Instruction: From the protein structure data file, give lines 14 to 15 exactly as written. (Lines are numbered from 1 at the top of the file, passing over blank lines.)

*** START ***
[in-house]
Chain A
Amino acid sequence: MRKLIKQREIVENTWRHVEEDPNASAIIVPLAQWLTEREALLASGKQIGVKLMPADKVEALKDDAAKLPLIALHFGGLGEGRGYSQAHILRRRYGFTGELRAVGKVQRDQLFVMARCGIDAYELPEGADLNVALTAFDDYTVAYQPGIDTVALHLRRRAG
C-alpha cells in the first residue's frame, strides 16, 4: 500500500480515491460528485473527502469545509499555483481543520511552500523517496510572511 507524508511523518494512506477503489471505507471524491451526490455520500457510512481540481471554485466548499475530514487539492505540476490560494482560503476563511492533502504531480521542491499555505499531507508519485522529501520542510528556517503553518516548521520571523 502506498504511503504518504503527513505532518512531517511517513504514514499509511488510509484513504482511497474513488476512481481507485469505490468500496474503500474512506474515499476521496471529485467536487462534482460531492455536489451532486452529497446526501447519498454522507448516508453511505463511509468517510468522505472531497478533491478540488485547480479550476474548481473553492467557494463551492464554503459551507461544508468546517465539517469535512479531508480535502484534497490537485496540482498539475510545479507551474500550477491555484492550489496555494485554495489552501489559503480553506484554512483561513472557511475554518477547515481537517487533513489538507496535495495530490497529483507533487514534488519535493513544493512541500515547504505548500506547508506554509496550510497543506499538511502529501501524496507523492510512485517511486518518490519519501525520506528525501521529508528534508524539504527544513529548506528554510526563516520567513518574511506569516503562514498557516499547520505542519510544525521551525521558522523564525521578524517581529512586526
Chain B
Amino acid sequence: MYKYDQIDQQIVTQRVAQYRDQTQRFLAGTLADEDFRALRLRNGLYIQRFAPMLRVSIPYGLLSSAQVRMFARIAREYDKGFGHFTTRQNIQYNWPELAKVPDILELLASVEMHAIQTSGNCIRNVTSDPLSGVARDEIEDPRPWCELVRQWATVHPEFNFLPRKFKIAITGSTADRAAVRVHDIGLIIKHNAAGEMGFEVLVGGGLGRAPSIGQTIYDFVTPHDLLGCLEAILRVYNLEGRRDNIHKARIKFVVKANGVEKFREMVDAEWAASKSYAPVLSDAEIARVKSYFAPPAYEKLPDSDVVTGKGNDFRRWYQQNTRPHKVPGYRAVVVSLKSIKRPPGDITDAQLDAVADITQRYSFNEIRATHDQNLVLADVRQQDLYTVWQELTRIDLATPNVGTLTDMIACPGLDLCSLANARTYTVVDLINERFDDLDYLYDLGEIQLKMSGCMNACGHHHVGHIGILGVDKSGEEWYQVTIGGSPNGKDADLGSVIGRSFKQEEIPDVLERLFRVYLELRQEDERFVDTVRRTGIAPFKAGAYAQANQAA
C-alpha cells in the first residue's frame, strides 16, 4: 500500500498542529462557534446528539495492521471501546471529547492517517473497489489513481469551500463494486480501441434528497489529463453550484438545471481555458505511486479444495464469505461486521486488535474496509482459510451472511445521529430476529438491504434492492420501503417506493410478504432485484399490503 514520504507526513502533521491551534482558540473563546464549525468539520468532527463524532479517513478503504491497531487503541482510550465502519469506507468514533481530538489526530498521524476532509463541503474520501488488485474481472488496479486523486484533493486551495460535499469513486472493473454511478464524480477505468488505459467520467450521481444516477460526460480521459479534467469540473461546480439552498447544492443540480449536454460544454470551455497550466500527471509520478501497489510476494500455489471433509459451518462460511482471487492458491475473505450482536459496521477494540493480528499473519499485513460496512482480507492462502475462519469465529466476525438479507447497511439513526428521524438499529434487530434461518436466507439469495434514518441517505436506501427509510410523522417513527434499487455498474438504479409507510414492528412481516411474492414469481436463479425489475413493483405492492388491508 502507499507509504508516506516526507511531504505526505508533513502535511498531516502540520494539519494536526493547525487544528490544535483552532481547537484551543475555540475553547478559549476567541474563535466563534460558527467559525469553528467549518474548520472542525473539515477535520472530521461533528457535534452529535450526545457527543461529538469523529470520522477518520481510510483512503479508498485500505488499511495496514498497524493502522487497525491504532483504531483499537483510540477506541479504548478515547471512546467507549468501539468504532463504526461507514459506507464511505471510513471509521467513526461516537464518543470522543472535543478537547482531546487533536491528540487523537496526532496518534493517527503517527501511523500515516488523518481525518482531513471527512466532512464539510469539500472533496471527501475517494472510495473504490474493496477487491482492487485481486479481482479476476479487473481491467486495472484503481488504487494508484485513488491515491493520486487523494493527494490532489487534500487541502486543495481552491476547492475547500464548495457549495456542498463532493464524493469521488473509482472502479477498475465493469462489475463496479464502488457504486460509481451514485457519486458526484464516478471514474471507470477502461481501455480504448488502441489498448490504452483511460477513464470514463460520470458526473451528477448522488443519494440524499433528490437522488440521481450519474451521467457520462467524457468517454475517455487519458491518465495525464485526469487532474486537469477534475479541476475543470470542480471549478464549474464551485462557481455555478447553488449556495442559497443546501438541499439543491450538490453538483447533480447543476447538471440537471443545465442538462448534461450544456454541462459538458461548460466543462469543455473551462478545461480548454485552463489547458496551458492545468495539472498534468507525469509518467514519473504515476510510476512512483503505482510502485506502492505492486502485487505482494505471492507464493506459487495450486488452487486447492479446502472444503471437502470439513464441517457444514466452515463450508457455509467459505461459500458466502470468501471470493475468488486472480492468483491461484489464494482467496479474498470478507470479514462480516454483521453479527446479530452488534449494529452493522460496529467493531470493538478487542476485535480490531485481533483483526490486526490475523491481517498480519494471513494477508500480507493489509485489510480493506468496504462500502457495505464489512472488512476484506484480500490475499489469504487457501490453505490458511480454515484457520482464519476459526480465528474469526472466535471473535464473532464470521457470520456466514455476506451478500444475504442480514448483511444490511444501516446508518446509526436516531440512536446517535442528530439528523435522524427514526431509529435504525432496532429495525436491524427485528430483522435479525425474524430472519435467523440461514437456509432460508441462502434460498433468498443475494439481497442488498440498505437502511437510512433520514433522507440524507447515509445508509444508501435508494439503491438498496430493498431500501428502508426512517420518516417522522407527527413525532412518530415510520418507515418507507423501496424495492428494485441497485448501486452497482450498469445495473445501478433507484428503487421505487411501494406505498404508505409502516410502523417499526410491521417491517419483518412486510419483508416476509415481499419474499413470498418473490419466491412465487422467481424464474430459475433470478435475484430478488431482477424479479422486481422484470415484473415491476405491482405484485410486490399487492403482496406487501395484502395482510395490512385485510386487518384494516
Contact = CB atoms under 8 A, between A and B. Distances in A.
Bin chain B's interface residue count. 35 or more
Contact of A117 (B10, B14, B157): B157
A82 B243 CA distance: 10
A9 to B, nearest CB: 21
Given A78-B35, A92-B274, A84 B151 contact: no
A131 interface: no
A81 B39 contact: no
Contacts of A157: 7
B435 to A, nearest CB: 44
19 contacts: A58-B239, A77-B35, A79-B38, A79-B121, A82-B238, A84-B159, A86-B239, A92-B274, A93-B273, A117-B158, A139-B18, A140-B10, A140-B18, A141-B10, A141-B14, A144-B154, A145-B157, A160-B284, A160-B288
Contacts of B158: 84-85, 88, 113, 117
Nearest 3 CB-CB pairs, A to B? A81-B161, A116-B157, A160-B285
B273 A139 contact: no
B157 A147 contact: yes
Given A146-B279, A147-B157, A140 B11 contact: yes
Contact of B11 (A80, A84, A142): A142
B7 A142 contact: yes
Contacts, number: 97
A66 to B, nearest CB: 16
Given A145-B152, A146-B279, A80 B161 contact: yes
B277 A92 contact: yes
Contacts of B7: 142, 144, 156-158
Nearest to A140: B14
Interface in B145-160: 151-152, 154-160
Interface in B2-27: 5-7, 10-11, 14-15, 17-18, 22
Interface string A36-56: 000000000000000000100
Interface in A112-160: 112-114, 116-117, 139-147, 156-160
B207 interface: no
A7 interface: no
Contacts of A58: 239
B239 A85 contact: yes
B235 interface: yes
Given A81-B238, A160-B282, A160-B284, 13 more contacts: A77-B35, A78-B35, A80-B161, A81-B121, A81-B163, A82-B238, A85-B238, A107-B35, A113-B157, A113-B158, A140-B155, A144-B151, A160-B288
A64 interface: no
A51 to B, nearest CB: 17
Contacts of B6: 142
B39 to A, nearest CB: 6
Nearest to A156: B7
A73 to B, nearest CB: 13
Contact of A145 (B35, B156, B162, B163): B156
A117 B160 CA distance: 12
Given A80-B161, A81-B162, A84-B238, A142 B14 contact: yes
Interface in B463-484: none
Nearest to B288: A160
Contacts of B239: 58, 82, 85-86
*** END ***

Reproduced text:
A131 interface: no
A81 B39 contact: no